Monday, September 19, 2005

In response to a comment

I should have announced awhile back that I am now a contributor at Pro-Life Blogs on the subject of stem cell research. (Big surprise that!)

Mike, in response to a post of mine, wrote that he didn't think I could come up with a characteristic of humans that was present in the 5 day old blastocyst. Now Mike writes for an interesting blog called "The Beginning of Life". He is looking to debate when a human becomes a person.

Here is my response:

Pick a defining characteristic? Hmm, how about human DNA? Does that work? I believe each of the 100 or so cells that make up the HUMAN blastocyst would contain nothing but HUMAN DNA.

I think you may be trying to make a point about "personhood" and whether or not that "ball of cells" is actually a person - since it is undeniably human.

Personhood is not really a concrete concept however; it’s more like a game of "who can be in my club". And once you start excluding people from the club, bad things tend to happen to those who are excluded.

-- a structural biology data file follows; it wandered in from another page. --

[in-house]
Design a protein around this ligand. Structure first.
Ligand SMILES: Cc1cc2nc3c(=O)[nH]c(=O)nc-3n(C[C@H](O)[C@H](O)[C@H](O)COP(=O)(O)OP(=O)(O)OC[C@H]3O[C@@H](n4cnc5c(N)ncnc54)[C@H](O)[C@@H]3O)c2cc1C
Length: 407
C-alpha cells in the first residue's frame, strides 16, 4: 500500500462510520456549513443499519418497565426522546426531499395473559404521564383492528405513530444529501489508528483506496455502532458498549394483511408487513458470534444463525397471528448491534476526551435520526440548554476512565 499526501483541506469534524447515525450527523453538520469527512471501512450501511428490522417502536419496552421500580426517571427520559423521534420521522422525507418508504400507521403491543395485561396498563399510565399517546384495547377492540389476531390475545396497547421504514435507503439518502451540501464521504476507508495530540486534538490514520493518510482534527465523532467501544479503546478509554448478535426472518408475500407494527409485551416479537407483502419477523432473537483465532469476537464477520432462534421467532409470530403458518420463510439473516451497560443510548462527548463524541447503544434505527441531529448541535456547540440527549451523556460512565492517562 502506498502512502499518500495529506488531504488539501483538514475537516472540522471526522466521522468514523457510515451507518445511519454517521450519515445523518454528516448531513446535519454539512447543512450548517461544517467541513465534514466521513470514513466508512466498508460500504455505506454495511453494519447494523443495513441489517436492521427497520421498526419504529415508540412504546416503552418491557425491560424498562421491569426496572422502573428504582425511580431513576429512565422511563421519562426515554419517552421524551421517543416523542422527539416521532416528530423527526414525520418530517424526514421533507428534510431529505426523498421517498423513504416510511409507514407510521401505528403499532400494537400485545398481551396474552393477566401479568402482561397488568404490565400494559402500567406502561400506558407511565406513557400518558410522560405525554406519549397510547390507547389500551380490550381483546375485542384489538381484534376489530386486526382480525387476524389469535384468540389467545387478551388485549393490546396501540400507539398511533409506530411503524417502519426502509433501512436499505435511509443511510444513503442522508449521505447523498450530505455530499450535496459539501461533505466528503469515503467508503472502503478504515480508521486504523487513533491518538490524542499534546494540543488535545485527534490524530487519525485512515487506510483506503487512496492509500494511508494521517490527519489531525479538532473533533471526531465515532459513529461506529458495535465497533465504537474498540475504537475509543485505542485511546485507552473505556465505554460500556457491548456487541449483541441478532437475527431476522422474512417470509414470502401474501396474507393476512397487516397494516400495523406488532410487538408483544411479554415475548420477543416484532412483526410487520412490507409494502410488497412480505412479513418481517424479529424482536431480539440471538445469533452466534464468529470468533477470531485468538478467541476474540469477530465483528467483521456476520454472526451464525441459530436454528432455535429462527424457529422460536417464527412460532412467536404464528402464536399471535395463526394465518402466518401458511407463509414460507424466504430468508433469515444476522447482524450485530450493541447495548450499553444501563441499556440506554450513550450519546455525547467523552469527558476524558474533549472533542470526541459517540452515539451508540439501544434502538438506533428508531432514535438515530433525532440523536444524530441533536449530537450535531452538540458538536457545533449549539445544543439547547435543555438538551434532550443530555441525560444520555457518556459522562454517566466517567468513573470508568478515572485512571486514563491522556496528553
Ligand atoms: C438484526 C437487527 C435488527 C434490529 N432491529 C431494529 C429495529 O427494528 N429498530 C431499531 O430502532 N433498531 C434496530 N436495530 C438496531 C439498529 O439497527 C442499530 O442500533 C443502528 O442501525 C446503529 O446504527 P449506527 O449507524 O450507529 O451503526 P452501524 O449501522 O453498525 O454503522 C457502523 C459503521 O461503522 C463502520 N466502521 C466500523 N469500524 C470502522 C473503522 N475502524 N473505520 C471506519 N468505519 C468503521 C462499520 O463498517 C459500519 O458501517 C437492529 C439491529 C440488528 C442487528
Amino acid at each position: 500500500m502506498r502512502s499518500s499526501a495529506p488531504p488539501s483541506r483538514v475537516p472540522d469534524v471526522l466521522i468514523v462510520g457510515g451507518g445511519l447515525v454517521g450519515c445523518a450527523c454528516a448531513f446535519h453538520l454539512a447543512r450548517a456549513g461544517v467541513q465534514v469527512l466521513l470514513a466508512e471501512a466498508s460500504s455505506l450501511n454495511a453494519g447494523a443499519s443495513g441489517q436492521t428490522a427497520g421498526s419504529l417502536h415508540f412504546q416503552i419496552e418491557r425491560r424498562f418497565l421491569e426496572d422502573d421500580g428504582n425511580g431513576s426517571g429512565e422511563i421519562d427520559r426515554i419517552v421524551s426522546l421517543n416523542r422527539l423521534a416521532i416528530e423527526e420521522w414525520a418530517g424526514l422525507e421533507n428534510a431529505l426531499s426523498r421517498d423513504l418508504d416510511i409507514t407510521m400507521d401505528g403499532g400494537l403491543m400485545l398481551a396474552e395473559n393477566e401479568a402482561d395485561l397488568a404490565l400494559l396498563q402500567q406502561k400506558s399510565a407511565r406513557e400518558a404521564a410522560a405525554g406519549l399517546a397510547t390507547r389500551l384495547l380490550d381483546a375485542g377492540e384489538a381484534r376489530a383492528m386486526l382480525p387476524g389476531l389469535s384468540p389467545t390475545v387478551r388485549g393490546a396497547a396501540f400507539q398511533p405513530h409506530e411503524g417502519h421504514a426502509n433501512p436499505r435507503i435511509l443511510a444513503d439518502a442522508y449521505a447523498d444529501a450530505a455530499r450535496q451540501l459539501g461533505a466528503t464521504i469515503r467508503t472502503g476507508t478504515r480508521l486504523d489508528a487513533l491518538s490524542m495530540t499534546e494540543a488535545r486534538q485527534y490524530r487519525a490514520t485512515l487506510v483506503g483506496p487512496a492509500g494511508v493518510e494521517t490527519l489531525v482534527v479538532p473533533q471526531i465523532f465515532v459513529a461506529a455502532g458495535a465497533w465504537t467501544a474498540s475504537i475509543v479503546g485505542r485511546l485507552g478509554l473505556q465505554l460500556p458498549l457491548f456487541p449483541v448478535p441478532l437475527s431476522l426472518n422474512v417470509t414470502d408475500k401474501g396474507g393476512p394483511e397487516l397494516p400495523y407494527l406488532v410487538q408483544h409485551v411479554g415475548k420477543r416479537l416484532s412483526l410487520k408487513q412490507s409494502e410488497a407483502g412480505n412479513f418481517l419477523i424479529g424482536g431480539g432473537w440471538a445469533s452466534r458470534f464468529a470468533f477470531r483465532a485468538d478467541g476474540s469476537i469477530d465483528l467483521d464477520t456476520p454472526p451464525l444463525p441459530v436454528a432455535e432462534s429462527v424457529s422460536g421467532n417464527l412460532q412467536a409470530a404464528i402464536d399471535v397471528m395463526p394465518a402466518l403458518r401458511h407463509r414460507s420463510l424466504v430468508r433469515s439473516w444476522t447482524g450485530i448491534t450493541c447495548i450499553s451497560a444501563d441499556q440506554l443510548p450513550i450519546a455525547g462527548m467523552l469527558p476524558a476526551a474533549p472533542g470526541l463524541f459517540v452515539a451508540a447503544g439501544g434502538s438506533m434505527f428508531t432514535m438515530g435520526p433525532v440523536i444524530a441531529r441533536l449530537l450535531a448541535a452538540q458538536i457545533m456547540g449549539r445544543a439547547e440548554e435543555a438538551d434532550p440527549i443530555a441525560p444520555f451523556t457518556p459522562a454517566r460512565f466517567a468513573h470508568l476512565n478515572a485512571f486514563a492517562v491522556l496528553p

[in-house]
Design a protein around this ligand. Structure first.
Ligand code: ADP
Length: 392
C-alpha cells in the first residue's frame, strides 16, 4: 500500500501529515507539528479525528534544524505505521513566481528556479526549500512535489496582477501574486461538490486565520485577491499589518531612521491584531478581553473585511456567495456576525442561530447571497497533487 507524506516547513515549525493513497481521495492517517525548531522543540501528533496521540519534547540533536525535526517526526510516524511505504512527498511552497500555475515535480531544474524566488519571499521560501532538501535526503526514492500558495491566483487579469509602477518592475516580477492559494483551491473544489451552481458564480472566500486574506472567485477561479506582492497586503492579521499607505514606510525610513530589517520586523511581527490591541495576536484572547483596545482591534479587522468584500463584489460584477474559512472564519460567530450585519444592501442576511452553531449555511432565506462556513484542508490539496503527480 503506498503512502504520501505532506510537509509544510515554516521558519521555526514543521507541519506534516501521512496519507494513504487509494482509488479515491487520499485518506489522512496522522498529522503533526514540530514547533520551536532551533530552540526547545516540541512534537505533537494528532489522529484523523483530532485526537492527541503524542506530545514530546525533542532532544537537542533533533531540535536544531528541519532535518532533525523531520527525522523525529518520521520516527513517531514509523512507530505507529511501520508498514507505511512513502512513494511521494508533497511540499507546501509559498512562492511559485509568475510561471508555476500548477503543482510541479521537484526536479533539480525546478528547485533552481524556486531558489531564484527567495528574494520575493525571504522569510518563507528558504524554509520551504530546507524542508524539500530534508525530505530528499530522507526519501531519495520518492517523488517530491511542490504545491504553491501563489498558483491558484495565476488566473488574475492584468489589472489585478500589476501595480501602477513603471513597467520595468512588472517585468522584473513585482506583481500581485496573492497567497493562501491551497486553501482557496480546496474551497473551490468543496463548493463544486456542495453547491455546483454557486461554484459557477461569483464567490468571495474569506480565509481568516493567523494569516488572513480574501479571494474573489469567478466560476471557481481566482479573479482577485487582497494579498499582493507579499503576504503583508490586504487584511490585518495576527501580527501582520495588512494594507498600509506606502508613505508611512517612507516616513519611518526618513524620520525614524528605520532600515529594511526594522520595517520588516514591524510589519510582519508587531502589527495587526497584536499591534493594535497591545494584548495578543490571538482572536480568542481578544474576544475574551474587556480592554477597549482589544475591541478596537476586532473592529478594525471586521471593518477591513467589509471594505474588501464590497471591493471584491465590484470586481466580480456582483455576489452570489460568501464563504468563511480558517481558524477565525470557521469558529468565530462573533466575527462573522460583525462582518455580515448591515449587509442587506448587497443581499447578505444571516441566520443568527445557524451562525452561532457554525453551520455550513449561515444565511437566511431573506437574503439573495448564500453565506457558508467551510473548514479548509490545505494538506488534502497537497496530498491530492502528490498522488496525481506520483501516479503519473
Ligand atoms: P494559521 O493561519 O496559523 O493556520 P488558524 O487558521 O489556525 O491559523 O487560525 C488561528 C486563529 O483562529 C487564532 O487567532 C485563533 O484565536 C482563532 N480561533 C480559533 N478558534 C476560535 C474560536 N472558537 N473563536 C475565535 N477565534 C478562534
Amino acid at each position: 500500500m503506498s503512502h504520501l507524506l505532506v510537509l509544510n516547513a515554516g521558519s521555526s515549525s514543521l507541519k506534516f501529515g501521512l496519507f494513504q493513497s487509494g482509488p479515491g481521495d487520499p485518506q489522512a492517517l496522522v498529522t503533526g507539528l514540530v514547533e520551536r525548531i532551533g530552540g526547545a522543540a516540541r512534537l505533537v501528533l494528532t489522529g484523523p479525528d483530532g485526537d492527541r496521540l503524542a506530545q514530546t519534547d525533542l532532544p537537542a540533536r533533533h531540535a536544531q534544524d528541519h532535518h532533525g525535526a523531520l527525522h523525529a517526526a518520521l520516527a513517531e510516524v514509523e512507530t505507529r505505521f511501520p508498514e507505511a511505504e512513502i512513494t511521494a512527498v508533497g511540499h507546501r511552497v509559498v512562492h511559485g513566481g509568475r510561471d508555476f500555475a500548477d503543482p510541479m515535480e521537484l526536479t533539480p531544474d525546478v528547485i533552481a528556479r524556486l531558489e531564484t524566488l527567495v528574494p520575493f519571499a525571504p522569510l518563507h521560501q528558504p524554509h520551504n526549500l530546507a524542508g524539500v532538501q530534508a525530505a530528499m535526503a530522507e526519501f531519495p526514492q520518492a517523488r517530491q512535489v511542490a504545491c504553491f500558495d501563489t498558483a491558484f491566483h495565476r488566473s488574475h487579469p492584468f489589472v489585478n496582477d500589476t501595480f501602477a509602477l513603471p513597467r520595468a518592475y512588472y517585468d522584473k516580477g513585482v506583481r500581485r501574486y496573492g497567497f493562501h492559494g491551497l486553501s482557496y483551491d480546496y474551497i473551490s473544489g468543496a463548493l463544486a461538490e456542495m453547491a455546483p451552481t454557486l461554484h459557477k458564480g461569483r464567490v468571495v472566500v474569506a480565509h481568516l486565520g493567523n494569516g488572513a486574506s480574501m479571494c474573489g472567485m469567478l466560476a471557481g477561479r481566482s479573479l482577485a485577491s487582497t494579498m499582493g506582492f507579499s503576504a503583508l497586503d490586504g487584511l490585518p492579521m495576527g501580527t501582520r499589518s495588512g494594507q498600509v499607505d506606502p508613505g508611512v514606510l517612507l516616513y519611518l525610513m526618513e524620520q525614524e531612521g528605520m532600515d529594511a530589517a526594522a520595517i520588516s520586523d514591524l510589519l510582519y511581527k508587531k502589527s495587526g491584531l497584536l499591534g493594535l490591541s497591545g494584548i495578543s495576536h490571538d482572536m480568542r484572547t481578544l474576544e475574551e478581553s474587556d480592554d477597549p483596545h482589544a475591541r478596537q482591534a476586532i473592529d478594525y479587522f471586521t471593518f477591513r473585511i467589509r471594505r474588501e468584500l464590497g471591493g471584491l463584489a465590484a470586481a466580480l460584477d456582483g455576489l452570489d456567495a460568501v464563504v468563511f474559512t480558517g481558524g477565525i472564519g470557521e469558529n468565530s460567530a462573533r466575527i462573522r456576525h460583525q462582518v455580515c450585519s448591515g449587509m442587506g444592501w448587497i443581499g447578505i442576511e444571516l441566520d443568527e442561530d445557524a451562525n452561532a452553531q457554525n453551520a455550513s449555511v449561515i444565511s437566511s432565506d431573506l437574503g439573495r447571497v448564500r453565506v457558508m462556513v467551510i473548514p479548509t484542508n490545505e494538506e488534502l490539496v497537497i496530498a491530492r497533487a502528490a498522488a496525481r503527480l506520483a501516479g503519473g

You pick a characteristic that you think defines "personhood" and I will argue that it is a valuable characteristic or capability because it is intrinsically human. In other words, it is our humanness that makes that capability valuable. If that is the case, then something that has intrinsic value is valuable from the start, i.e. conception.

A blueprint may not be a house, after all a blueprint doesn't organically grow into a house. An embryo, on the other hand, is not a blueprint of a human, but rather a human at that stage of development. A human who is growing...as long as it is provided with the correct environment. Like a fish needs water, an embryo needs a womb. Does that make it unnatural? Or not a life? Does that fact disqualify it from the human family?